Australian footwear specialist Sportitude won the major gong at the recent Retailer Awards for its store design concept. Here, CEO Roumen Staykov and general manager Josh Willoughby discuss how the brand began, its expansion plans and how it’s become part of the Adelaide running community. Inside Retail: What’s the story behind Sportitude? Roumen Staykov: Sportitude is actually a combination of two businesses. There was an Adelaide business called Joggers World with a history spanning back t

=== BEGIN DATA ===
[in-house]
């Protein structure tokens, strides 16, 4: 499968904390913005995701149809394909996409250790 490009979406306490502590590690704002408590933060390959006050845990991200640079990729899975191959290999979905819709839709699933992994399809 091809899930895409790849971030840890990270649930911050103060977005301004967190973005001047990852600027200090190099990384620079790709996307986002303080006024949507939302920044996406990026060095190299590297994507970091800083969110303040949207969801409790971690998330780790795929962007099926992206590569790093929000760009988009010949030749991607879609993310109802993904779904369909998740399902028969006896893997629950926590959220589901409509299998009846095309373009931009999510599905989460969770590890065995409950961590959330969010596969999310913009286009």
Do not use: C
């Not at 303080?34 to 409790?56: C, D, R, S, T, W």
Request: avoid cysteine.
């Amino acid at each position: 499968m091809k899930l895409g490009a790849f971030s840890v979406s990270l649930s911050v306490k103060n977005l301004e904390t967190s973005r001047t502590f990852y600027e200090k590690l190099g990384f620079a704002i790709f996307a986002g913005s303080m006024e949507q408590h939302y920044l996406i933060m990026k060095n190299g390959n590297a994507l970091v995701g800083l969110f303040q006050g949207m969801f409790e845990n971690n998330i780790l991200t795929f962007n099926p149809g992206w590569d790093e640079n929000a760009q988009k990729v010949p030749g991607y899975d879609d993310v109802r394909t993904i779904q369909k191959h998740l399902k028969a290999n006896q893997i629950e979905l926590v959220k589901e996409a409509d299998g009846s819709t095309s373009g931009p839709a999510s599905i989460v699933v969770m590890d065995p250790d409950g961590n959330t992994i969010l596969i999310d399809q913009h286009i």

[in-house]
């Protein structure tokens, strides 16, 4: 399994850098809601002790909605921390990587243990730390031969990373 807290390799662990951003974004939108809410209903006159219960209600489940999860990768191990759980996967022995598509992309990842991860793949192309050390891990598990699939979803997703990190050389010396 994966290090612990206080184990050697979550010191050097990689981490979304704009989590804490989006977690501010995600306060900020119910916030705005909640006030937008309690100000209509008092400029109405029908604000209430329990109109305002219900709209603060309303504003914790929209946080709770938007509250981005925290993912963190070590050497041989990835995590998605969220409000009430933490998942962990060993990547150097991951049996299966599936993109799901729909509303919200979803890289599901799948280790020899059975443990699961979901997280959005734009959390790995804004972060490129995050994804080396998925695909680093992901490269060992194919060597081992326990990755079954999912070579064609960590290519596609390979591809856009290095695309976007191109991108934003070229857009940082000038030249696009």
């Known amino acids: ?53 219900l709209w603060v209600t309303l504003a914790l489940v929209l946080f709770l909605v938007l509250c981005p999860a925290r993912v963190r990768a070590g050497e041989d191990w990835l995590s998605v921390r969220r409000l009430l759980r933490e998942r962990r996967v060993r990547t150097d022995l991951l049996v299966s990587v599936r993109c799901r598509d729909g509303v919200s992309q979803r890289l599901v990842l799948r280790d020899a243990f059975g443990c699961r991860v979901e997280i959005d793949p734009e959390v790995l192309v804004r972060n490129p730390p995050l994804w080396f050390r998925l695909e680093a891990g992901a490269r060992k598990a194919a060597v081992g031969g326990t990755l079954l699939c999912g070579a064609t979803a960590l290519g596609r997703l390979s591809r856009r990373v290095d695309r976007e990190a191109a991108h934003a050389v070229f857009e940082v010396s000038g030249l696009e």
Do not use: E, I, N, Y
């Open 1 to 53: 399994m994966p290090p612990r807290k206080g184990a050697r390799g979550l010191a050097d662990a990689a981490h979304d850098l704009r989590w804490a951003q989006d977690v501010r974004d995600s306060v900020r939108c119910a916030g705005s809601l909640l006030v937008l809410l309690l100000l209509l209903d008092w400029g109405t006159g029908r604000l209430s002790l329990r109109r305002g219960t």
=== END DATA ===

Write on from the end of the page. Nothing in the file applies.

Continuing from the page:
back to 1979. It was a local running footwear specialist with a single store in Adelaide, CBD. They built up a cult following with runners in the local community. In 2011, I came along with an online business idea for a social network for sports teams and sports clubs to manage all their activity, and got the Joggers World family involved. As we evolved that project, we wanted to commercialise it. So we thought, we’ve got this retail business that’s already a partner, let’s put some shoes up on the website and see how that goes.https://294318ec8046d430b85d495ab7e7364a.safeframe.googlesyndication.com/safeframe/1-0-38/html/container.html In May 2011, we launched what was then called the SlashSportand month by month, it started to grow. We were doubling sales month on month, so we thought clearly there’s some need that we’re filling here, let’s go into more of an e-commerce play, so SlashSport ended up becoming a marketplace for sports retailers. We had someone who was a specialist in soccer and football. We had someone who was a specialist in tennis, cricket, and golf. We were trying to be a marketplace for different sports. As we continued further down the track, we saw the most traction was through the product range and the relationship we had with Joggers World on the marketplace. Over time, we decided to rebrand the website because Slash Sport really wasn’t initially meant to be a retail play, it was something completely different. So we rebranded to Sportitude in 2016 and we continued to bring on supporting brands in dropship arrangements through our marketplace, which was really supporting the running audience we were building. We still kept on a few of the other sports, but really, running ended up being the major focus. More recently, over the last 12 to 24 months, as the two businesses became dependent on each other, we merged the two – the Jogger’s World physical business and the Sportitude online business. It came to the point that the Jogger’s World store in the city was slowly declining because of the decrease in foot traffic in the city. Josh was actually from the Jogger’s World business and he was managing that particular store. Josh Willoughby: For us, the brand itself had kind of run its race, we couldn’t do anything new with that brand. All of our resources were wearing two hats. It was just the right move for us to relocate to a site four kilometres away from where we used to be, with a much larger footprint, in Hindmarsh. Rebranding to Sportitude was the best decision we had ever made. It was tough because we were taking an existing iconic brand and we had to bring all of our loyal consumers on the journey [and tell them] that we are still the same people, we’re still the same operation, we’re just bigger and more accessible. We had to really tell the story to bring people along. RS: We’ve got two stores. We’ve got the Sportitude Running in Hindmarsh, which won the store design category at the Retailer Awards. We’ve got another store in Fullerton, which is just called Sportitude. That one is across all different team sports. It’s more of a family environment there. We’ve got a lot of local schools in the area, but footwear is still our hero. IR: What are unique features of the Sportitude Running store? RS: Our store challenges the traditional cluttered and uninspiring sports store model with a technology-led, interactive, and experiential retail environment where the running community feels welcome and inspired. We provide an experience to help people get the most out of their running. To help runners find their perfect shoes, Sportitude Running offers two Australian-exclusive running shoe fitting experiences that blur the line between the physical and digital worlds. Beginner to intermediate runners are invited to use the Motion Metrix treadmill at the front of the store, with a synchronised big digital screen. Using a 3D camera and force plates in the treadmill, we capture running movement data that our experienced staff use to provide personalised shoe recommendations. The process takes 5-10 minutes. For intermediate to advanced runners, we have two RunDNA fitting studios for 45-minute premium fitting assessments that are by appointment only. Each studio features a state-of-the-art Woodway treadmill that’s synchronised to an on-screen digital avatar running through a cityscape. The runner wears accelerometer pods on their shoes to collect running data that is distilled by our fitting experts to highlight how different shoes affect the runner and home in on their perfect shoe. Dynamic sports vision is projected onto large screens on the rear walls of the studios and is visible throughout the store to create ambience and exceptional depth of field. A large touch-screen console near the front of the store allows customers to browse the entire range of Sportitude products housed in our adjoining warehouse. Customers can try on and purchase straight away, or arrange to have items home-delivered. Purpose-built click-and-collect lockers in the store are used to hold parcels for online customers who opt into this collection method. As a hub for the Adelaide running community, the store transforms into a unique event space after hours, with a dropdown projector screen and integrated audio system. The space is used several times each week for free, by sports clubs, allied health service providers like physios and podiatrists, and other sports-related entities, to conduct information sessions, training, launches, and awards nights. The overall design philosophy is to distance ourselves from anonymous box-shifting retailers, so we’ve removed overload of signage and piles of product. Customers navigate the store through logically positioned product zones with clean displays and accent lighting to highlight products. The attention to detail, including our bespoke scent (uplifting and vibrant), quality furnishings, lighting, and fixtures of the open-plan design, has redefined the way sports stores can heighten the customer experience. Running performance footwear is the hero of the store, with a 10-metre-wide shoe wall showcasing 150 styles complemented by illuminated try-on seating that was custom-designed to match the curves of the Sportitude logo. Curated apparel and accessories are displayed on minimalist steel racks that are easy to move. This allows us to reconfigure the apparel area to host race number collections through our partnerships with local marathons, triathlons, and trail runs, bringing hundreds of runners through our door before each event. IR: What research did you undertake prior to implementing this store design? RS: Sportitude researched current customer shopping habits across different channels. We interviewed a set of in-store customers from different demographics and running experience levels to find out more about their needs from a running store and their online vs in-store shopping behaviours and expectations. Following that, we surveyed a segment of our most active online customers with a similar set of questions. The results were consistent among both groups. The key findings were that 65 per cent said they visit a store to see and try on a product before buying and 62 per cent visit a store to get product advice. This information helped us in devising the layout of the store and deciding to dedicate about 25 per cent of the available floor space to immersive, educational fitting experiences. The other research we performed was visiting our competitors’ stores and trialling their fitting services to rate the overall experience, reading industry blogs and press releases, and reviewing innovations and trends in other retail verticals in Australia and overseas, to learn how technology was being used in experiential retail stores. From this research, we set out to improve the experience and how we engage with customers, focusing specifically on the needs of runners. IR: What impact has the new store design had on the business? RS: When comparing the performance of the new Sportitude Running store against the Joggers World store that we closed just prior, we’ve seen store revenues jump by 63 per cent, year-on-year, for the period March to October 2021 vs 2020; units per transaction increased from 1.45 to 1.75, and average transaction value increased by 12 per cent. Our formal partnerships with local running groups and allied health professionals (such as podiatrists, physios and exercise physiologists) have almost doubled, primarily through the introduction of our exclusive RunDNA fitting service to help their clients find their best running shoes, and through the use of our event space after hours. Customers who use our Motion Metrix fitting service convert into sales 95 per cent of the time, while RunDNA customers convert 100 per cent of the time and purchase an average of 1.95 units after the experience. Staff performing these services track this performance in a spreadsheet. Although we don’t currently solicit Google reviews from customers, and we really should, a few customers have organically reviewed the new store and we have a current ranking of 4.9 stars from 22 reviews. Opening the new store has also made a significant impact on our online visitors. In the nine months since launching the store, we’ve seen a 24 per cent increase in South Australian online sessions on our website, compared with the period prior. Online sessions from other states increased by up to 14 per cent, which is significantly lower than the South Australian growth. IR: How would you describe the sports industry right now? There’s always a new brand or a new retailer coming out, so there’s obviously a lot of the pie to go around. JW: If we look at the last 10 years, there has been growth in options. All the major brands – your New Balances, your Nikes, your Asics – they’re producing more models within their own brand for running. They’re catering to the market, because running is the number one participant sport globally. So there’s obviously huge demand there. While they’re making more shoes, you’ve got new brands that are popping up as well. So you’ve got, like, Hokas, On Running and new ones like 361. There are a number of new brands popping up to cater for this huge demand in the market. All that does is make life incredibly challenging for the consumer, because they don’t know where to look. It is a very noisy space. It’s a saturated market. We are competing against our suppliers; they have online platforms and bricks-and-mortar vertical stores.Then there are the Footlockers, Athlete’s Foot and Rebels of the world. There are a lot of options in Australia. Our point of difference is we specialise in footwear. We do play in other sports, but running is our bread and butter. We also do the footwear training for the University of South Australia podiatry students. It’s not part of their curriculum, but twice a year, we do a two-hour session on the anatomy of shoes and break it down to all the key departments. We talk about how a shoe is made, the journey from the concept phase – it takes about 18 months to two years before it’s to market – then there are the testing phases, and then when it gets to the market, we discuss what brands are trying to achieve. IR: Do you see yourself rolling out physical stores across the country? RS: Yes, we are looking to expand our footprint, but we’re still debating our approach there. We are undergoing renovation at the Fullerton store, but the next step is figuring out whether we go deeper into Adelaide or if we take what we’ve done here onto the East Coast. IR: Tell me about the Sportitude Sessions and why you decided to launch them. RS: It’s an initiative we kicked off last year in partnership with Josh Lynott, who is a runner and mindfulness coach. The sessions were Josh’s brainchild and he ran a couple of retreats overseas before Covid came along and forced him to return home to Adelaide. We connected with Josh and were immediately mesmerised by his passion for running and living life to the fullest. At the time, we were exploring ideas for how Sportitude could engage with goal-oriented runners away from the retail environment and interact with them in other aspects of their running lifestyle where we felt Sportitude could make a positive impact. The sessions fit that bill perfectly. It takes their passion for running, adds a beautiful outdoor backdrop and combines mindset workshops, yoga and meditation sessions, nutrition and, of course, running. It was a no-brainer to partner with Josh and we held two very successful retreats in Kangaroo Island in 2021 during what was a very hazardous time for the travel industry. Participants were treated to an amazing and intimate experience, with each group including 8-12 people. From stunning accommodation with a private chef to being kitted out head-to-toe with performance running gear, to workshops on decision-making, habit building, and smashing negativity – amongst other topics – and daily runs through pre-scouted picturesque landscapes. The feedback we received from participants was that the experience was life-changing. This year, the sessions continue to grow, with four retreats planned around the country.